In 1958 two engine types were built and successfully tested. This confirmed the principle of the KKM system. As of 1960 an experimental KKM 250 was fitted into the small NSU Prinz. The engine output was approximately 30 hp (DIN) at modest 5000 rpm. Between 1960 and 1964 a large number of engine types was developed and installed into a variety of applications ranging from lawn mowers to boats.
KKM 502 (Left)

The provisional result was the KKM 500 which became operational in the NSU Spider as type 502. However, further development and introduction to the public was delayed because of serious technical problems which arose from the gas and oil sealings and other components.
Peter Hofbauer made a five chamber KKM which later became a compressor. His design is said to be the only rotary engine without a low pressure stage to function as a diesel engine.


NSU/Wankel Licencing

Many manufacturers showed interest in the new rotary engines because they were smooth, powerful (for their capacity) and had the potential to be easily manufactured. As NSU had the rotary engine patented, companys wishing to make their own Wankel rotary engines were required to pay a licensce fee.
26 organisations licensed the Wankel - The first was Curtis-Wright on October 21, 1958/second Fichtel & Sachs/third Yanmar Diesel/fourth Toyo Kogyo (Mazda) on February 27, 1961

NSU required license holders to share research results with all others (although GM obtained an exemption). This was important because there were only seven years between the first engine test and the first production automobile, compared with nearly a hundred years of development of the piston engine.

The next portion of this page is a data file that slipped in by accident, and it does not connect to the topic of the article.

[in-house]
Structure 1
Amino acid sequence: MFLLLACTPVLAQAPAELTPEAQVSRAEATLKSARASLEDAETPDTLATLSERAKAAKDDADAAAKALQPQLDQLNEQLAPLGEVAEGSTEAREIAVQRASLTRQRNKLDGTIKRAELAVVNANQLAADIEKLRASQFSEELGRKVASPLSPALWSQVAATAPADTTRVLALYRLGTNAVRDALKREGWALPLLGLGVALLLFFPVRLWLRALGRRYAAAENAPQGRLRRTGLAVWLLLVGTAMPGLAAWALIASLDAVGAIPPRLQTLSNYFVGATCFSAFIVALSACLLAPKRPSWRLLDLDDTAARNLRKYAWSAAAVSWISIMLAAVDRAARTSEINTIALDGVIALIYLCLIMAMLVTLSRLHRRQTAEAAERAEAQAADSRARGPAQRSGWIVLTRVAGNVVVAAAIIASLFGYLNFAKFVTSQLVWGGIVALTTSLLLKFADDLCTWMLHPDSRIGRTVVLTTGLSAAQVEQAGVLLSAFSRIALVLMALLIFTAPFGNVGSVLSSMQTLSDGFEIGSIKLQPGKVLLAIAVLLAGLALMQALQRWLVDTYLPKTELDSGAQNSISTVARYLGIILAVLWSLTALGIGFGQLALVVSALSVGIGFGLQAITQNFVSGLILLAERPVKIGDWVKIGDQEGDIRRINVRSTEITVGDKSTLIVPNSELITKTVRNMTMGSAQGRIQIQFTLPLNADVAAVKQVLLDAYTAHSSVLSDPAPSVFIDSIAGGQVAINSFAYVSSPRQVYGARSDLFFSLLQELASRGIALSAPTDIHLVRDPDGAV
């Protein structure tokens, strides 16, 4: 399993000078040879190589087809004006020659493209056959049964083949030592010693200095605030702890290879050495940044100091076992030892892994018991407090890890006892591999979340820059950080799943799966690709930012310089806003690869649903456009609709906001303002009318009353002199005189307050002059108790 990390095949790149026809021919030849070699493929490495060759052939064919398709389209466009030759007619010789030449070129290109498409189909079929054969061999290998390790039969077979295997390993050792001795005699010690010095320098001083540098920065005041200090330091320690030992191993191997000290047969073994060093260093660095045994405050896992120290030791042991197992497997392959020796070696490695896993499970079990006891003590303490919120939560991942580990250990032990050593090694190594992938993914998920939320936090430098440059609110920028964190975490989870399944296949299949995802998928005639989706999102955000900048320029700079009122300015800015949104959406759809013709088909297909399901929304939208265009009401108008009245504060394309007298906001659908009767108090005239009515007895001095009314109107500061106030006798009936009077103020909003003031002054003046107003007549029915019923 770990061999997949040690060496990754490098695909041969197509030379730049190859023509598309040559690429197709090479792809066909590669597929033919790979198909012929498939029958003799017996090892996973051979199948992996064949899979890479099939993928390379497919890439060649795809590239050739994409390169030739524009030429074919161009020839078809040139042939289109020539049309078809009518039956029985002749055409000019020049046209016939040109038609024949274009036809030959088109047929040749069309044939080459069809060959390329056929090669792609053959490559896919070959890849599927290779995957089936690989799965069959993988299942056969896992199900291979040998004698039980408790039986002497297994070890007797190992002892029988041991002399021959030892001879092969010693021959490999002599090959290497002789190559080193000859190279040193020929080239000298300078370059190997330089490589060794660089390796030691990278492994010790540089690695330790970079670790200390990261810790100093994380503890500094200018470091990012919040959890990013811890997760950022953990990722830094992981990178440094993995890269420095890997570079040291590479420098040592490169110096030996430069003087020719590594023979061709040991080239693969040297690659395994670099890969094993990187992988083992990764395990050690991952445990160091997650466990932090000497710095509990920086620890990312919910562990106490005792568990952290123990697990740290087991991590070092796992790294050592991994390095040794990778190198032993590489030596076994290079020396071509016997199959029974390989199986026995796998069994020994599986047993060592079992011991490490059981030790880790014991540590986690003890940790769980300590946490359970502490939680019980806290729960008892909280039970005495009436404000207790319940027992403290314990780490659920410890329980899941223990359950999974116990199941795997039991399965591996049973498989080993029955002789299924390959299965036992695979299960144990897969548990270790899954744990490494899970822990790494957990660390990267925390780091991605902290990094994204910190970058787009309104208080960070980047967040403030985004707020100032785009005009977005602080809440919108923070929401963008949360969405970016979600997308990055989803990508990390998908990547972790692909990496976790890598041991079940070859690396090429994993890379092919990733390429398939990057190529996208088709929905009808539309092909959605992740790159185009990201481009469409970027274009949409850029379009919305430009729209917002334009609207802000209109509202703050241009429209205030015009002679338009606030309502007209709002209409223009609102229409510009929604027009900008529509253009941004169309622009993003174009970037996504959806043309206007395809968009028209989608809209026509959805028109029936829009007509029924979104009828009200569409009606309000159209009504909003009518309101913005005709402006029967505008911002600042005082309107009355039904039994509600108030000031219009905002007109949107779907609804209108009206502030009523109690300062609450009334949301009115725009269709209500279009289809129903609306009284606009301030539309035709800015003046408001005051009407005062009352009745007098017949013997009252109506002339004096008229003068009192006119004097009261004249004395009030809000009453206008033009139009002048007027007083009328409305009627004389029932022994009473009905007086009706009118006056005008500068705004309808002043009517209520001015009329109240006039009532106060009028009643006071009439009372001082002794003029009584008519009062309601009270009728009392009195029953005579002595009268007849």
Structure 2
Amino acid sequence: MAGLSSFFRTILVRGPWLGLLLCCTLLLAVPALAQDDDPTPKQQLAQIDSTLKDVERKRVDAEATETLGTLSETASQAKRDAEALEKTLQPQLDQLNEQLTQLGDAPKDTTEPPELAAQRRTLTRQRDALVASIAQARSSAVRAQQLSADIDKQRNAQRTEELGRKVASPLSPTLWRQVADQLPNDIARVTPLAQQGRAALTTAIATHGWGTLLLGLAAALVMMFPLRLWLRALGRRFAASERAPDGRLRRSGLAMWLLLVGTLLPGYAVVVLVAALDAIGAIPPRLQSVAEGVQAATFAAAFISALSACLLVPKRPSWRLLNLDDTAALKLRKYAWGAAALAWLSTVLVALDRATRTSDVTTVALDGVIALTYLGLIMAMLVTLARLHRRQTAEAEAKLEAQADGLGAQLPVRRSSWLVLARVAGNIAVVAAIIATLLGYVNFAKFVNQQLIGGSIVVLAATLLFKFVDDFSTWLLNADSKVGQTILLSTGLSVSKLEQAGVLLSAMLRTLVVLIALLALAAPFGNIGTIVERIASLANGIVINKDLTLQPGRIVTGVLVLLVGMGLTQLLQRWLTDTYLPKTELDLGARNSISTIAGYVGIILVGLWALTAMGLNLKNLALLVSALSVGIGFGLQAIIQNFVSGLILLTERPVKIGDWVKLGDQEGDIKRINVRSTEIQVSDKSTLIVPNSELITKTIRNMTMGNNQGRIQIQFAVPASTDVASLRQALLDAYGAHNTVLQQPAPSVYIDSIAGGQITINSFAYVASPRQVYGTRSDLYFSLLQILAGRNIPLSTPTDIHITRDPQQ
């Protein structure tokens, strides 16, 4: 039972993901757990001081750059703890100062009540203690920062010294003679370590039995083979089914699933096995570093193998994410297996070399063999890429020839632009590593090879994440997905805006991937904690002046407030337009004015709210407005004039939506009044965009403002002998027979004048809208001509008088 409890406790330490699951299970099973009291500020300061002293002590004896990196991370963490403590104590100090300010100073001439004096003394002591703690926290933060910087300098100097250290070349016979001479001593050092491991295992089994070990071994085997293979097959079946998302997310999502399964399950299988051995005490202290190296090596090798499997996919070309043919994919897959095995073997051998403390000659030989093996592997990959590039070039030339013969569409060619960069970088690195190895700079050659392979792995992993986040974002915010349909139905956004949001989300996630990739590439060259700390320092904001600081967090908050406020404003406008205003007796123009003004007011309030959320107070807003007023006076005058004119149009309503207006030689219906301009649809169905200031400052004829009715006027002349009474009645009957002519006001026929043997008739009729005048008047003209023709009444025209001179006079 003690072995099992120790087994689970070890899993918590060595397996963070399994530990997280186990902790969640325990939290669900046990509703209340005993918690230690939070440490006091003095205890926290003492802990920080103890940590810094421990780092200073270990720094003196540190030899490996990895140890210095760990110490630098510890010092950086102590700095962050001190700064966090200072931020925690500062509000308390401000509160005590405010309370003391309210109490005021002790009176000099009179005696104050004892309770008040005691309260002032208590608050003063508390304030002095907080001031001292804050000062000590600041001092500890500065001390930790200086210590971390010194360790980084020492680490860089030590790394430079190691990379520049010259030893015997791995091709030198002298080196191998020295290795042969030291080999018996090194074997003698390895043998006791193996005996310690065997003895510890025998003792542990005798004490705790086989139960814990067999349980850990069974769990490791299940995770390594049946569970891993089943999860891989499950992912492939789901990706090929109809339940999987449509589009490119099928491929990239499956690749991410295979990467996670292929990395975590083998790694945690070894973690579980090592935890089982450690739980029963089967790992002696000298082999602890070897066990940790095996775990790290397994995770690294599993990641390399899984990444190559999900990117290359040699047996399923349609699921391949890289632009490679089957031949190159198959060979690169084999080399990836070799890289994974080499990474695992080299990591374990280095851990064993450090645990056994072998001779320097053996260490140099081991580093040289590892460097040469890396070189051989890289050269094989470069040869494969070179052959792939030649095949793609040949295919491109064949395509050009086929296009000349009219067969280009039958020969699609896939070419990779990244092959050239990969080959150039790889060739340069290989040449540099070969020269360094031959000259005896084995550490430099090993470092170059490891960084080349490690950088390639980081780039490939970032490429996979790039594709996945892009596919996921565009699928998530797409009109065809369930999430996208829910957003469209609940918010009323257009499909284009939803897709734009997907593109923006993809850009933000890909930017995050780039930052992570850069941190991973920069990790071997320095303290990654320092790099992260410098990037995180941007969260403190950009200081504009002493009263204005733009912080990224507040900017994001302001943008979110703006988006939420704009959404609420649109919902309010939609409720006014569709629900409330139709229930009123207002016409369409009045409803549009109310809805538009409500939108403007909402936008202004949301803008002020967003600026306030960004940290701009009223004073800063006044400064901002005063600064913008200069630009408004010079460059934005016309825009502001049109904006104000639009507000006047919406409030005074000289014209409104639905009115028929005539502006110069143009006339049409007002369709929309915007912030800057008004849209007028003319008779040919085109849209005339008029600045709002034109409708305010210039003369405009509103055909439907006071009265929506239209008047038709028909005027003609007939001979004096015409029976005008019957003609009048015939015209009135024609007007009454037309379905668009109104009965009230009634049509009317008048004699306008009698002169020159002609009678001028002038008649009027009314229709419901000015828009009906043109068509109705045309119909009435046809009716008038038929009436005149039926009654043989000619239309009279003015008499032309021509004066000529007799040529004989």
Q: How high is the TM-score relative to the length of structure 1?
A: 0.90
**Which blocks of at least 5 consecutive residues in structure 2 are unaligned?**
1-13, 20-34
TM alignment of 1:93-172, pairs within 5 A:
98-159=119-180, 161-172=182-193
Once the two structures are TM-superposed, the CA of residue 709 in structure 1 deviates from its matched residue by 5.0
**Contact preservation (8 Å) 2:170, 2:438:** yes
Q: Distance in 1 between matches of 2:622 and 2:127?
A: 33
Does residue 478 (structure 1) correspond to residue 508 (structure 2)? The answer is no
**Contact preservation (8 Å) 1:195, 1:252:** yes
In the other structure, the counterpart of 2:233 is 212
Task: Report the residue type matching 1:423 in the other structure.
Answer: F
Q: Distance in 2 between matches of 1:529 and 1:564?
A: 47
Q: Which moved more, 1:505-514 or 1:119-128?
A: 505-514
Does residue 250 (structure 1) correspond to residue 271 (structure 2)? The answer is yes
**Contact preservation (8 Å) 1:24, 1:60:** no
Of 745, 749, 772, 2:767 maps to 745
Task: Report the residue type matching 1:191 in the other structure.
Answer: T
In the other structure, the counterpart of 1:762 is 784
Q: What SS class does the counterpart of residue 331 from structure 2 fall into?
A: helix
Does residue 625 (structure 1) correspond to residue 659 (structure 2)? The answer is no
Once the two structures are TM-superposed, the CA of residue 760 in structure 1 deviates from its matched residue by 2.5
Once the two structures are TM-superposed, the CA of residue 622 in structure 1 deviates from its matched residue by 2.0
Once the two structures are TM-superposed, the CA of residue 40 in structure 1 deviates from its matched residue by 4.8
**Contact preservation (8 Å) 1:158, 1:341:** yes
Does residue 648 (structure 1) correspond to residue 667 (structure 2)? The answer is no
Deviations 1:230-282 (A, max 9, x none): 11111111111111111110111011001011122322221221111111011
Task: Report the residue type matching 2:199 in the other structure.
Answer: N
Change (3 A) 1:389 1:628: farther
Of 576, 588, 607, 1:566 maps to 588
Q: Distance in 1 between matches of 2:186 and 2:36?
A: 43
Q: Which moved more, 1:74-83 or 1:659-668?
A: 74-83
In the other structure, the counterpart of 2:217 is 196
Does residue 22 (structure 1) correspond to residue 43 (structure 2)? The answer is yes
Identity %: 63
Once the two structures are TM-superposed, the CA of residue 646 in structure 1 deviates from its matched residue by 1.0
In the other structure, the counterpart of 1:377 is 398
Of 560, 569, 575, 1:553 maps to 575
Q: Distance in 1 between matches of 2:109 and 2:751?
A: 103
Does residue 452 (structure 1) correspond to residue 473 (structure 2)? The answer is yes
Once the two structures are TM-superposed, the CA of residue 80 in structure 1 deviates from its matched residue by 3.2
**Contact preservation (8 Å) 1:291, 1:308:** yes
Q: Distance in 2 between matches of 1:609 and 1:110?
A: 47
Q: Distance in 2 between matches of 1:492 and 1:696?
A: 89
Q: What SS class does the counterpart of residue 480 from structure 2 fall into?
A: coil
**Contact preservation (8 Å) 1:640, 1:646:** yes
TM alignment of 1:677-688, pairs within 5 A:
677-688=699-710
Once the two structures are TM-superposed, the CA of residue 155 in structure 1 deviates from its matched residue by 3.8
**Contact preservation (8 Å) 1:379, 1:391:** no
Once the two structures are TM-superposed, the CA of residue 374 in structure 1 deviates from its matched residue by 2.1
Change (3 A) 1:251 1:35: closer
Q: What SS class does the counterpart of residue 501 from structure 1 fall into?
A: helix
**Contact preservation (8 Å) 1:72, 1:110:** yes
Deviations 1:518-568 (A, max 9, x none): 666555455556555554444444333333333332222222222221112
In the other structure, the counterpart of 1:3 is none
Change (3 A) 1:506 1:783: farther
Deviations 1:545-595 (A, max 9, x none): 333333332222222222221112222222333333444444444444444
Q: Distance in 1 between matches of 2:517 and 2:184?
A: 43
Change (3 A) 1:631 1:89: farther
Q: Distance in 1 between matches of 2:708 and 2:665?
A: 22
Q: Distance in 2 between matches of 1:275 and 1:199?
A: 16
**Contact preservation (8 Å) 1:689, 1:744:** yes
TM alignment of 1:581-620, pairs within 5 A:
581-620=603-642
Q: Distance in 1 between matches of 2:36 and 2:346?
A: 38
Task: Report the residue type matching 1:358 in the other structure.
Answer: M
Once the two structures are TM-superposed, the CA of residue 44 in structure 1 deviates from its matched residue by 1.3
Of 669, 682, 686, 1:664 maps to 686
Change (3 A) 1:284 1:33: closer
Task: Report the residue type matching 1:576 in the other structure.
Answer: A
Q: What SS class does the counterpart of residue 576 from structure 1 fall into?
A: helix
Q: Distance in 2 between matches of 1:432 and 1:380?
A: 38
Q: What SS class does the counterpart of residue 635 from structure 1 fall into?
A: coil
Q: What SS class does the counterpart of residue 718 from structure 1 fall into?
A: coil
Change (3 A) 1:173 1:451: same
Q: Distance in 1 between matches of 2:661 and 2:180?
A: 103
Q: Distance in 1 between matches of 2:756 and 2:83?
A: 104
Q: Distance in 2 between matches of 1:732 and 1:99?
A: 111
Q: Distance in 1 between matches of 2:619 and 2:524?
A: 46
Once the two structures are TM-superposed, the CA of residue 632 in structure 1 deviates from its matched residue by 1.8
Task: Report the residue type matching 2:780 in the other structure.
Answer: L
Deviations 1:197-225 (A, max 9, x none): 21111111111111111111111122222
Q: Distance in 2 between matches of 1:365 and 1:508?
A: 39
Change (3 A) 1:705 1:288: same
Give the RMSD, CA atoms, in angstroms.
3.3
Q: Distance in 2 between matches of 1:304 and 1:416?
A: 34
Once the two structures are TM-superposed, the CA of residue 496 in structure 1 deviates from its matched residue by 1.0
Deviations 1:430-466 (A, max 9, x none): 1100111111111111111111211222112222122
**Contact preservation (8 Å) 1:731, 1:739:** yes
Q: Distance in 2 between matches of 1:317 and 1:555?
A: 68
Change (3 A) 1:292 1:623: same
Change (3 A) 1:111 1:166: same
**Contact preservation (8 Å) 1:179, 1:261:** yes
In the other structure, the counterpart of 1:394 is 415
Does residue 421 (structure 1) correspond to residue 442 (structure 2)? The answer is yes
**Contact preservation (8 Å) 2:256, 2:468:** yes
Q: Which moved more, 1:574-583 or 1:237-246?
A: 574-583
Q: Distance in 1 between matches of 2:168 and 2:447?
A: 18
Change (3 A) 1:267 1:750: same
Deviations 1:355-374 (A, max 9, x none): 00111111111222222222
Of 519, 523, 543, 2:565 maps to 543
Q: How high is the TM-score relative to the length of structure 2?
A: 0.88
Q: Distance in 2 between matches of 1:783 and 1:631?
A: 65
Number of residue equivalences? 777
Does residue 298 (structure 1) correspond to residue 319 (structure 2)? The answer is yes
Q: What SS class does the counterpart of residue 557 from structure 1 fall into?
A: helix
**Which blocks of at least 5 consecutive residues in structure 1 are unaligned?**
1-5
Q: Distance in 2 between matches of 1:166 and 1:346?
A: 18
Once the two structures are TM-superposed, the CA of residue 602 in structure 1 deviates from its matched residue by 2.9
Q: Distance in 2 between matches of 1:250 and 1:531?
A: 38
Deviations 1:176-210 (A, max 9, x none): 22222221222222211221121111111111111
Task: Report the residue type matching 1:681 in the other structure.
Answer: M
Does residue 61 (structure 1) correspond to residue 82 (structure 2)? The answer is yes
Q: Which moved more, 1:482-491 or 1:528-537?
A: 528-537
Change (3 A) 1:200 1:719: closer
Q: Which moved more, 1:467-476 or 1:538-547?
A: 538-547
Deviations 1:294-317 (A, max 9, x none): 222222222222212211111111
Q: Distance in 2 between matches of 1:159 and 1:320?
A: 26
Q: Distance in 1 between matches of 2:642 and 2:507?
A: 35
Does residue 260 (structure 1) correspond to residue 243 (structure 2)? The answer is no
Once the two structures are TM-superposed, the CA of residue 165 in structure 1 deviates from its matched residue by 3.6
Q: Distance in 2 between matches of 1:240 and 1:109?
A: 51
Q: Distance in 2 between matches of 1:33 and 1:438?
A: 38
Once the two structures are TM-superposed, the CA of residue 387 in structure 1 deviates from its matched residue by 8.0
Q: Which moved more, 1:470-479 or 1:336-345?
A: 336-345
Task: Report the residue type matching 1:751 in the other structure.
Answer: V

Early on NSU was shocked by how quickly Toyo Kogyo (Mazda) was developing engines.
Interestingly, this sped NSU development because Mazda did not have to pay any fees until NSU offered a car for sale that could reliably run 50,000 kilometres.

NSU Wankel Spider, 1964-1967

NSU Spider

NSU Spiders

NSU Spiders

NSU Spider

KKM 502 engine
(Single rotor)

KKM 502 engine
(Single rotor)

KKM 502 engine
(Single rotor)

NSU first road tested the Wankel in 1960, later that year they showed a preliminary version of the Spider at a Munich meeting of German engineers. Wankel spoke to the conference and won over the many skeptics in the audience.

The production NSU Spider was unveiled at the 1963 Frankfurt Automobile Show and was the first car to be powered by a Wankel rotary engine. The car was a convertible version of the "sport prinz", styled by bertone and was normally fitted with a 598cc 2 cylinder piston engine.
NSU aimed at the motoring enthusiast, against the likes of the Austin Healy Sprite etc, and in some respects the Spider was a continuation of their Wankel engine development programme. Full production started only in autumn 1964. Up to 1967 about 2375 units were produced (Some reports say anywhere between 3000 and 5000), of which about 100 are still in operation in Germany. Specially tuned Spiders were also serious competition cars and gained titles at rallies and hillclimb races.
The Spider was 3.58m in length and weighed 700 kg, and gave lots of driving pleasure at modest fuel consumption. The top speed was over 150 km/h. There were front disc brakes, a black hard top was available for winter and buyers could choose between a red or white finish.

The single-rotor engine type KKM 502 had a 498 cc chamber volume and developed approx:
50 bhp at 5000 rpm
54 bhp at 6000 rpm
52 lb-ft at 2500 rpm
54 lb-ft at 3000 rpm
57 lb-ft at 3500 rpm
The engine was mounted under a separate cover of the rear luggage compartment, and the water cooling system was in the front part of the car.

All normal spiders had a 50 HP engine, with a little special series of rallye and racing cars with a factory tuned motor with 65 HP at 7500 rpm.

NSU Ro80, 1967-1977

NSU Ro80 Sedan
NSU KKM612 2 rotor engine

NSU KKM619 experimental
3 rotor engine (808x746)

Development of the Ro80 began in August 1961 and it was officially shown at the 1967 Frankfurt Auto Show.
The design was quite advanced for its time, with front wheel drive, fully independent suspension, four wheel disc brakes with dual hydraulic circuits and a semi-automatic gearbox. Aerodynamic drag coefficient was 0.35, amazingly low for its time, though this was ultimately 0.39 with larger tires and cooling openings. The weight distribution was 63/37 front/rear it handled very well. The chief stylist was Claus Luthe.